Holkham Hall founder’s Grand Tour treasures are heading back to Italy for exhibition
- Credit: Matthew Usher
The priceless art collection which Holkham Hall was built to display in the 18th century is being sent back to Italy for a major new exhibition.
In 1712, a boisterous teenager named Thomas Coke was sent to Europe by his wealthy family to improve his education.
He returned six years later as a cultured gentleman, having amassed an extraordinary collection of art and literature during his Grand Tour – and then he built Holkham Hall to showcase those treasures.
Now part of the priceless collection of the 1st Earl of Leicester is being sent back to Italy for a major exhibition which reveals the nobleman's passion for Italian art and his fascination with ancient civilisations.
A unique 17th-century manuscript, valuable paintings and classical sculptures will be among the 60 items loaned from the north Norfolk estate to the Museo dell'Accademia Etrusca e dell a Città di Cortona (MAEC) in Tuscany.
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Many will be returning to Italy for the first time since they were bought by Holkham's founder 300 years earlier.
Dr Suzanne Reynolds, curator of manuscripts and printed books at the estate, said: 'This is an extraordinarily important collection which is completely integral to Holkham Hall – and it is a very rare survival of a house that was built to house a collection, and whose collection is more or less intact.
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'One of the things the exhibition will focus on is the Grand Tour, and to explain the genesis of where this collection came from. The notion of the Grand Tour became much more recreational during the 18th century, but Thomas Coke's was a very serious cultural enterprise.'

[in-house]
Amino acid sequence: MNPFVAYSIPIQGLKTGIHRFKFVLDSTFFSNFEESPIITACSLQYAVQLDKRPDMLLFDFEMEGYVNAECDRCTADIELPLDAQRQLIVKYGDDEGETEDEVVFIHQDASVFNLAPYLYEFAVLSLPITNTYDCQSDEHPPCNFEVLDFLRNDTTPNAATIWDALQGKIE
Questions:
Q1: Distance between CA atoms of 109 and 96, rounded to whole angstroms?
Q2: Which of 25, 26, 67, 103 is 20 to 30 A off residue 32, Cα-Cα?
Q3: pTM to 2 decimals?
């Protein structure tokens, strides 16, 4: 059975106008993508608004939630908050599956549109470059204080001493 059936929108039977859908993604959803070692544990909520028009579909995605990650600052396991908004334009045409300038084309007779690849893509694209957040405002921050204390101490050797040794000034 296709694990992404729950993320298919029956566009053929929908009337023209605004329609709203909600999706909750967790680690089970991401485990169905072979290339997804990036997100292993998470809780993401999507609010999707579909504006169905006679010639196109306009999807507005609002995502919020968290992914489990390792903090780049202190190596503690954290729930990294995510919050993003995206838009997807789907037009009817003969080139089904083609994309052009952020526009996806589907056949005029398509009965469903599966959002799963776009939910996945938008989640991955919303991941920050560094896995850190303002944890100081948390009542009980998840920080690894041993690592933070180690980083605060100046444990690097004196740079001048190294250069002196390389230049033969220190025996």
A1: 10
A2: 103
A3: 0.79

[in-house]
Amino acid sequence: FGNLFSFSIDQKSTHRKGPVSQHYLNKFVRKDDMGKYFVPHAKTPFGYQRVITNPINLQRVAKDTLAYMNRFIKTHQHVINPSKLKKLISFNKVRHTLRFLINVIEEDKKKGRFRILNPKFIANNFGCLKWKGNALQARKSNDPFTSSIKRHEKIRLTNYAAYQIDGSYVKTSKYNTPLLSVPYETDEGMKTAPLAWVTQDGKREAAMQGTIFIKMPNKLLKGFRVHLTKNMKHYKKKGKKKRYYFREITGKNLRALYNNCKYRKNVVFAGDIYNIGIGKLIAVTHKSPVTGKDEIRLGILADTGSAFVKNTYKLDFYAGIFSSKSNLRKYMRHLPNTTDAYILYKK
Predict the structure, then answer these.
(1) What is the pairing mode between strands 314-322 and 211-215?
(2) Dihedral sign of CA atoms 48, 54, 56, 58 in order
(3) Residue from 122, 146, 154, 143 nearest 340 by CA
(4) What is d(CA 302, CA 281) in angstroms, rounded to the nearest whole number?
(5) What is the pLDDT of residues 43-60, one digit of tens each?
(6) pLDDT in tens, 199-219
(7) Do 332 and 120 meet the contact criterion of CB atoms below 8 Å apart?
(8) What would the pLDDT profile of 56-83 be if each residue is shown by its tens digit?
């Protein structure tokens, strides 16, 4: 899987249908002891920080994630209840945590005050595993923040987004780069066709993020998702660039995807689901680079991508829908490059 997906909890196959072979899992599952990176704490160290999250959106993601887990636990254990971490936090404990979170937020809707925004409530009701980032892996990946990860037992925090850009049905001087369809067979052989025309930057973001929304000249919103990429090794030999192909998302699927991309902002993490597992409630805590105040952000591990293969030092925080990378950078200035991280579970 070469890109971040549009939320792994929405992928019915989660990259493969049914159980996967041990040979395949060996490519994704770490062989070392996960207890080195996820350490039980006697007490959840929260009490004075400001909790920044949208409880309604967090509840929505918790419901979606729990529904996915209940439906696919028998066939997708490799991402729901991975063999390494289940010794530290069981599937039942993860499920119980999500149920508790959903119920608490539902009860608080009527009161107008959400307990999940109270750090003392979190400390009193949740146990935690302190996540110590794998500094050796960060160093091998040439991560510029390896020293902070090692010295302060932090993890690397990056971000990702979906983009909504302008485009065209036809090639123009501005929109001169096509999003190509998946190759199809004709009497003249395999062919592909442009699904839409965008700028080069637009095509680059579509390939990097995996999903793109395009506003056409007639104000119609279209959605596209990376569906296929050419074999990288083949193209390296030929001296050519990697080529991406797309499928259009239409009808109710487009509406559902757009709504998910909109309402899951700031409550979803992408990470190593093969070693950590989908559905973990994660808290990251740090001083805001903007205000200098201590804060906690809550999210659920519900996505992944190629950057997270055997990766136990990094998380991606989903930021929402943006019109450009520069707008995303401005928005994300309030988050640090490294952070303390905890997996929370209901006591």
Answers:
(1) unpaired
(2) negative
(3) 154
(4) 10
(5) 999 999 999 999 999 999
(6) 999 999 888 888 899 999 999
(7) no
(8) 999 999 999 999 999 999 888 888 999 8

A central thread of the exhibition will be a series of objects which highlight Coke's pivotal role in widening the understanding of the ancient pre-Roman civilisation of the Etruscans.
In 1719, he purchased a manuscript called De Etruria Regali, a monumental history of the Etruscan people written 100 years earlier by Thomas Dempster, a Scottish academic.
The work remained unpublished during Dempster's lifetime and survived only as an original hand-written document. So its new owner set about publishing it, adding a substantial volume of illustrations to the printed edition.
It was the first time a work of ancient history was based on the evidence of surviving artefacts and objects, rather than purely on written sources – laying the foundation for modern archaeology.
The importance of Coke's role in the publication was only fully understood in 2007 when Dr Reynolds discovered an accounts ledger which includes payments to commissioned artists and engravers.
The exhibition will also feature some original drawings and copper plates for the illustrations which were found in Holkham Hall's attics by the 5th Earl of Leicester in 1964.
Dr Reynolds said: 'It is a landmark publication because, rather than just writing history based on the works of other historians, it sought out artefacts from ancient history and incorporates them.
'Finding these accounts was the key to unlocking how it all fits together – who the artists were, how much Thomas Coke spent, and how involved he was in the process.
'When he decided to publish this book, he was thinking of a shared history and a shared culture across borders. That is what we are doing again with this new collaboration across borders.'
The exhibition runs from March 21 to July 31, and will also include exhibits from the Uffizi museums in Florence, the Vatican Museums, and the British Museum in London.